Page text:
Definition of influential in English:

influential

adjective

  • Having great influence on someone or something.

    ‘her work is influential in feminist psychology’
    • ‘He had a knack for attracting some fearfully powerful enemies as well as many influential friends.’
    • ‘So a handful of votes will determine the direction of the world's most powerful and influential country.’
    • ‘His sermons were influential in formulating a distinctive Anglican theology.’
    • ‘Schwinger was one of the most important and influential scientists of the twentieth century.’
    • ‘National actors play important and influential roles at all stages of the EU policy process.’
    • ‘More importantly, it gave the publisher an influential title that brought in advertisers.’
    • ‘It's a chart of prominent bloggers saying who they think the most influential bloggers are.’
    • ‘The talented women authors cited above were influential beyond their cookbooks.’
    • ‘These issues are unlikely to be influential as the review is dominated by a few larger studies.’
    • ‘They are won by a side's most influential characters controlling the ebb and flow of a game.’
    • ‘So, what do you think is the most important and influential car ever to be sold in Britain?’
    • ‘Klotzko seems to have met many of the influential authorities in the field.’
    • ‘A quarter of a century on, the clergyman remains a powerful and influential figure even in death.’
    • ‘He won the election and thus lead one of the most influential and powerful states in America.’
    • ‘She then went to work for one of the most powerful, influential billionaires on the planet.’
    • ‘He is the second most powerful figure in one of the most influential parties in Africa.’
    • ‘The three were highly influential in building up a strong mathematics research school in Chicago.’
    • ‘His writings also contain a distinctive and influential vision of Australia's past.’
    • ‘There is no evidence to support the assertion that he was an important and influential teacher.’
    • ‘She is now regarded as one of the most influential and important artists of the 20th century.’
    powerful, authoritative, dominant, controlling, strong
    significant, important, crucial, pivotal
    View synonyms

noun

usually influentials
  • An influential person.

    ‘young influentials’
    ‘networks of influentials’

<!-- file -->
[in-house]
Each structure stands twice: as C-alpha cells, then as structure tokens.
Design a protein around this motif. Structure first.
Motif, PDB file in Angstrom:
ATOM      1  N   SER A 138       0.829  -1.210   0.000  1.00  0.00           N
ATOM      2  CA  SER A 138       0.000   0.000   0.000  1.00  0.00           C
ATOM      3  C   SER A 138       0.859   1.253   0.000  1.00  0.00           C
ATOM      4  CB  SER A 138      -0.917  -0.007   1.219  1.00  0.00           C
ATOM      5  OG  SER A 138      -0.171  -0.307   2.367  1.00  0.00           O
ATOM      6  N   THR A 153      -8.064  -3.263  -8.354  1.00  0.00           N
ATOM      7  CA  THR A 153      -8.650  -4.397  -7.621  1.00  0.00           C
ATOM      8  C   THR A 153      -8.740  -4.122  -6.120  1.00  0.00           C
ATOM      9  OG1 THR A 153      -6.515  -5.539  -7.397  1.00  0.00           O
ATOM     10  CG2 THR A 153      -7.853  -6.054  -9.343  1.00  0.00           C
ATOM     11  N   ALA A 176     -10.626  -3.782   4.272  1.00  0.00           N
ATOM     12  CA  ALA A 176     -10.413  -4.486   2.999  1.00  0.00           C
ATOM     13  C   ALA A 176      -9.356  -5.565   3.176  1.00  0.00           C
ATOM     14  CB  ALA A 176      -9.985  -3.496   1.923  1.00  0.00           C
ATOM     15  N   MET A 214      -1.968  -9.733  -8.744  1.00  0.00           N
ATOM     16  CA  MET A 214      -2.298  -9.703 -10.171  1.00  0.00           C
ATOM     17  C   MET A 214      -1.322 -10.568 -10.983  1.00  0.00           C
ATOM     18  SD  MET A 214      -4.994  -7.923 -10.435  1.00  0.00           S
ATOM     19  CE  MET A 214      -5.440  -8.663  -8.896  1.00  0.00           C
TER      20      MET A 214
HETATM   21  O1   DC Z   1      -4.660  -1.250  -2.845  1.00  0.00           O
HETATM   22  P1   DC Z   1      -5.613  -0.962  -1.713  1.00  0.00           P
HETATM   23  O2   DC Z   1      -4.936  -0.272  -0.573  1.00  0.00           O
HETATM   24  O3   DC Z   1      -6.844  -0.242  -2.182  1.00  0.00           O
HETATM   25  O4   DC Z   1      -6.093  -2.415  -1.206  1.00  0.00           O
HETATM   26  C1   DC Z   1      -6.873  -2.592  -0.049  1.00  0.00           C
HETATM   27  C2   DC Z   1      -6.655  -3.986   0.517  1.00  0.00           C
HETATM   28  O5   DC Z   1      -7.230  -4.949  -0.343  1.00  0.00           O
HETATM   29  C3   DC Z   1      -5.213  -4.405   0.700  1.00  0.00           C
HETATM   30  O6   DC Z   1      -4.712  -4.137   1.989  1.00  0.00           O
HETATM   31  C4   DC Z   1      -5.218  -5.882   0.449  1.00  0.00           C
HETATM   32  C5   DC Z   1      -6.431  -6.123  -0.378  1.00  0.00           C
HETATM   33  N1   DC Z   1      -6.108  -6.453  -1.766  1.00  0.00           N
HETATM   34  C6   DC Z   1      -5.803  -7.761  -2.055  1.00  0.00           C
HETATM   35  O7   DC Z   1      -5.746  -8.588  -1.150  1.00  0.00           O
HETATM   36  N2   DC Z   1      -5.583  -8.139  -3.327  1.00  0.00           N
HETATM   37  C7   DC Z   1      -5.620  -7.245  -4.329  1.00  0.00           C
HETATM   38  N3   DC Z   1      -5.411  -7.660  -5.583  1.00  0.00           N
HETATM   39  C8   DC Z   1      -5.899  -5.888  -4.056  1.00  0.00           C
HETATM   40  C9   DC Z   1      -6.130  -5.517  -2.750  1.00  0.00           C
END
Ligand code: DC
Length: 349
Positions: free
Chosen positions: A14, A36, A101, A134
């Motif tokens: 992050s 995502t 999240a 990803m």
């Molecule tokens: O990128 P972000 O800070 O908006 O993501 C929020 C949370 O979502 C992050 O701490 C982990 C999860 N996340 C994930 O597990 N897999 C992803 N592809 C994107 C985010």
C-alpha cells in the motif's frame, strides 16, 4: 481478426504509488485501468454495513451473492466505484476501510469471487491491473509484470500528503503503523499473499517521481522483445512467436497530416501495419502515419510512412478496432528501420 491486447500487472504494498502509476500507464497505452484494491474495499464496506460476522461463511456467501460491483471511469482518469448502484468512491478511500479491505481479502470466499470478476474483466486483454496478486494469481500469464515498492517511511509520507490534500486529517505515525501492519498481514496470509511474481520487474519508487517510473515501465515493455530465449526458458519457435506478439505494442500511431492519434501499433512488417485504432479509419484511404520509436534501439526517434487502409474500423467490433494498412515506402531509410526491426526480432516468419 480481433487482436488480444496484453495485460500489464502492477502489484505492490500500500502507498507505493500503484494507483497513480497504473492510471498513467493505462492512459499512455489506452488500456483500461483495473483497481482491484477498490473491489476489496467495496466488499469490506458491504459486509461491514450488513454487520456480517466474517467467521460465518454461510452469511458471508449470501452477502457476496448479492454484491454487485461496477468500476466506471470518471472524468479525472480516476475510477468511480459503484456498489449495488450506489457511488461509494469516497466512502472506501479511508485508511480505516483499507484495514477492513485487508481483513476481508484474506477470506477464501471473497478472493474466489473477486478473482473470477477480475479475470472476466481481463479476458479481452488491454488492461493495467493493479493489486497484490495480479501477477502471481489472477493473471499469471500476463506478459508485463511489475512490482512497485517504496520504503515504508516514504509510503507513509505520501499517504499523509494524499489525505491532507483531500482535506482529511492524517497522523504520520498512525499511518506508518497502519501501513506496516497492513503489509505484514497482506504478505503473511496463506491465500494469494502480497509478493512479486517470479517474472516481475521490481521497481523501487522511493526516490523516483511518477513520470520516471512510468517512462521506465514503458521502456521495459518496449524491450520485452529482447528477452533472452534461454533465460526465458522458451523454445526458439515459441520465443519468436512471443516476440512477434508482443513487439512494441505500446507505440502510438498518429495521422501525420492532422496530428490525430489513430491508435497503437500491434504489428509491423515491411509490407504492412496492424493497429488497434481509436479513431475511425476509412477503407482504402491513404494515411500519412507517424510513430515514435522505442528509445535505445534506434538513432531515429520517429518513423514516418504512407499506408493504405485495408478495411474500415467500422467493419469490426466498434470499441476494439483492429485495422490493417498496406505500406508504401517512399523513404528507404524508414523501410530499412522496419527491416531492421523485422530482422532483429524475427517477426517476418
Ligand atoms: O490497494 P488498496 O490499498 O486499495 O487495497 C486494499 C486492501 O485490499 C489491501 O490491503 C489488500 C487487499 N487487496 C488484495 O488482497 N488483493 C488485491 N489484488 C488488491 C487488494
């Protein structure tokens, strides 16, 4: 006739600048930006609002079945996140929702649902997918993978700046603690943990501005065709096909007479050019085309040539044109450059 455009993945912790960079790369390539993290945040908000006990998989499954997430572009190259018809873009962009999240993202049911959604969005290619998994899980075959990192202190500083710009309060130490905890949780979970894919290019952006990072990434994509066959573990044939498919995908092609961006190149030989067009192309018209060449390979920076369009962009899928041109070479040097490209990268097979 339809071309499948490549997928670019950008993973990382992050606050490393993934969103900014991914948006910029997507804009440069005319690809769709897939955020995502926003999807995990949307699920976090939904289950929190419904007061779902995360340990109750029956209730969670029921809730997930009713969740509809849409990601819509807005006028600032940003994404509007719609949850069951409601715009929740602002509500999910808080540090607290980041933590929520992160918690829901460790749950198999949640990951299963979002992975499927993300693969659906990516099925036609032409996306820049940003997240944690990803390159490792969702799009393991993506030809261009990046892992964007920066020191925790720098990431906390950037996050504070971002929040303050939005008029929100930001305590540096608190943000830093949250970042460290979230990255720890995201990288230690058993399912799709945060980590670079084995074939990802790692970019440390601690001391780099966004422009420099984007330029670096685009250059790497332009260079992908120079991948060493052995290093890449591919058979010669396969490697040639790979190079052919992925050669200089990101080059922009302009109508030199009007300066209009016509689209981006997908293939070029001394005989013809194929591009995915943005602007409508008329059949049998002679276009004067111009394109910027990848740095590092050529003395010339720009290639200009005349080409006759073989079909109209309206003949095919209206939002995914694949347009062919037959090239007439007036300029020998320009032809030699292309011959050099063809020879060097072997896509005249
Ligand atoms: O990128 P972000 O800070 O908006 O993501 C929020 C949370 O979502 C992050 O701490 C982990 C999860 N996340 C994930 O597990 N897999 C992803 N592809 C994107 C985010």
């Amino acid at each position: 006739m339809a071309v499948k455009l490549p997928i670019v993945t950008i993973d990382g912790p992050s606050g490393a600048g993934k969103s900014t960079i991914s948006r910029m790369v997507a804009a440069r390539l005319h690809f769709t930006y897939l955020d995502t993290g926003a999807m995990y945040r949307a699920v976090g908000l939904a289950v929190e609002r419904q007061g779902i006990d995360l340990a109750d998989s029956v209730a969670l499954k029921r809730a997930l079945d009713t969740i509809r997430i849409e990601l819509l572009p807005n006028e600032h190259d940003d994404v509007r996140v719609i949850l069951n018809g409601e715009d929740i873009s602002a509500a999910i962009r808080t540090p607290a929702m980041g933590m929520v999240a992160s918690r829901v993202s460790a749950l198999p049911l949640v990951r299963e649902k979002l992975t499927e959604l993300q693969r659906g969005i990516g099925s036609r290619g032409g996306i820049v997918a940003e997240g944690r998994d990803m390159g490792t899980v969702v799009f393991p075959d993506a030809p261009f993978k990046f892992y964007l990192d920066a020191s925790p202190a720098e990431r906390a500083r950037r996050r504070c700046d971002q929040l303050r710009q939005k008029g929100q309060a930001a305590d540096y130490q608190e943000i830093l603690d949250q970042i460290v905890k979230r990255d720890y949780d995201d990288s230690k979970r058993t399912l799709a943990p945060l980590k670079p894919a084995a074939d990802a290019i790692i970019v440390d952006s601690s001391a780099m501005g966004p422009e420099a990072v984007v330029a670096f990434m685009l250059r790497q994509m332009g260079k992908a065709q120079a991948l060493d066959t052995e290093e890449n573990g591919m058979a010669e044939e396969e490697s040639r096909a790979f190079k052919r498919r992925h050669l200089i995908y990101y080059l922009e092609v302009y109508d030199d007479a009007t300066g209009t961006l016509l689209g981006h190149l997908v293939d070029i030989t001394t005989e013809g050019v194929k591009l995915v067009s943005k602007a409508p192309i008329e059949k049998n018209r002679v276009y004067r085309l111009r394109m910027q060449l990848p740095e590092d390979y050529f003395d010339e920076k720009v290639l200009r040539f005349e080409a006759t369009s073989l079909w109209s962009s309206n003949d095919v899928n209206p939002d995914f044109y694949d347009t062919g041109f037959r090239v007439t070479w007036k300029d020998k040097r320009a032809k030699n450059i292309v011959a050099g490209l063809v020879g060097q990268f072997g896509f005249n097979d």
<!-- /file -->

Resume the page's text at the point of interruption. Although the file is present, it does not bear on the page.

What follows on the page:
• ‘‘Having said that, there has been some erosion on the part of community influentials, leaders, even some money people,’ he said.’
    • ‘I was disappointed and surprised to find his name nowhere on that list of influentials.’
    • ‘The above canon of influentials is heavy on theology and philosophy, also on moral philosophy.’
    • ‘Evidently, for many influentials in world music, the art is a question of conquering and ruling the earth, no less.’
    • ‘We like the idea of influentials because then you can see cause and effect quite easily.’
    • ‘It profiled successful, powerful influentials - ‘A new generation of South Asians is transforming the cultural landscape of America.’’
    • ‘A complete history of American environmentalism would surely include these influentials.’
    • ‘Howard's problem is not with ill informed battlers but with politically aware influentials.’
    • ‘We call them the global business influentials.’
    • ‘The problem is that the influentials don't always reveal their corporate backing.’
    • ‘The ending of the aldermanic system and the more frequent turnover of councillors have probably reduced the possibilities for the emergence of such experienced influentials.’
    • ‘This right was bestowed on us by emperors, rajas and nawabs (local rulers and influentials in the undivided Indian subcontinent).’
    • ‘Learn how to deal with the non-business influentials of your CEO life-shareholders, the press, government officials, community leaders, etc.’
    • ‘Research indicates that online readers are affluent, educated, and tech-savvy - the elite influentials and opinion leaders of the Internet.’

Origin

Late 16th century (referring to astral influence): from medieval Latin influentia (see influence).

Pronunciation

influential

/ˌɪnflʊˈɛnʃ(ə)l/